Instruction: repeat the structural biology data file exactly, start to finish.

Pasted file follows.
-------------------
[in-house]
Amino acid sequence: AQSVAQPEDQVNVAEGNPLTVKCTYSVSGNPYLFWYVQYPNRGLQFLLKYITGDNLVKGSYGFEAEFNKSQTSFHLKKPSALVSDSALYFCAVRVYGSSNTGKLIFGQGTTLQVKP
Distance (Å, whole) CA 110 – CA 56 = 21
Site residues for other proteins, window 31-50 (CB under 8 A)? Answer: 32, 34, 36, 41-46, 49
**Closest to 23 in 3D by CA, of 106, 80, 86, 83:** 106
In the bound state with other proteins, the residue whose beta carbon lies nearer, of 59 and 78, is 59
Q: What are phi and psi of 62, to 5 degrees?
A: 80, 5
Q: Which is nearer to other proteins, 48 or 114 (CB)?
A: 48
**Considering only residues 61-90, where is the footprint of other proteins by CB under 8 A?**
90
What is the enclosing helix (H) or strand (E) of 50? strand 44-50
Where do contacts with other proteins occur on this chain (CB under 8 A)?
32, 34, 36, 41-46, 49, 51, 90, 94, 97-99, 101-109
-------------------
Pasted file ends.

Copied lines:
[in-house]
Amino acid sequence: AQSVAQPEDQVNVAEGNPLTVKCTYSVSGNPYLFWYVQYPNRGLQFLLKYITGDNLVKGSYGFEAEFNKSQTSFHLKKPSALVSDSALYFCAVRVYGSSNTGKLIFGQGTTLQVKP
Distance (Å, whole) CA 110 – CA 56 = 21
Site residues for other proteins, window 31-50 (CB under 8 A)? Answer: 32, 34, 36, 41-46, 49
**Closest to 23 in 3D by CA, of 106, 80, 86, 83:** 106
In the bound state with other proteins, the residue whose beta carbon lies nearer, of 59 and 78, is 59
Q: What are phi and psi of 62, to 5 degrees?
A: 80, 5
Q: Which is nearer to other proteins, 48 or 114 (CB)?
A: 48
**Considering only residues 61-90, where is the footprint of other proteins by CB under 8 A?**
90
What is the enclosing helix (H) or strand (E) of 50? strand 44-50
Where do contacts with other proteins occur on this chain (CB under 8 A)?
32, 34, 36, 41-46, 49, 51, 90, 94, 97-99, 101-109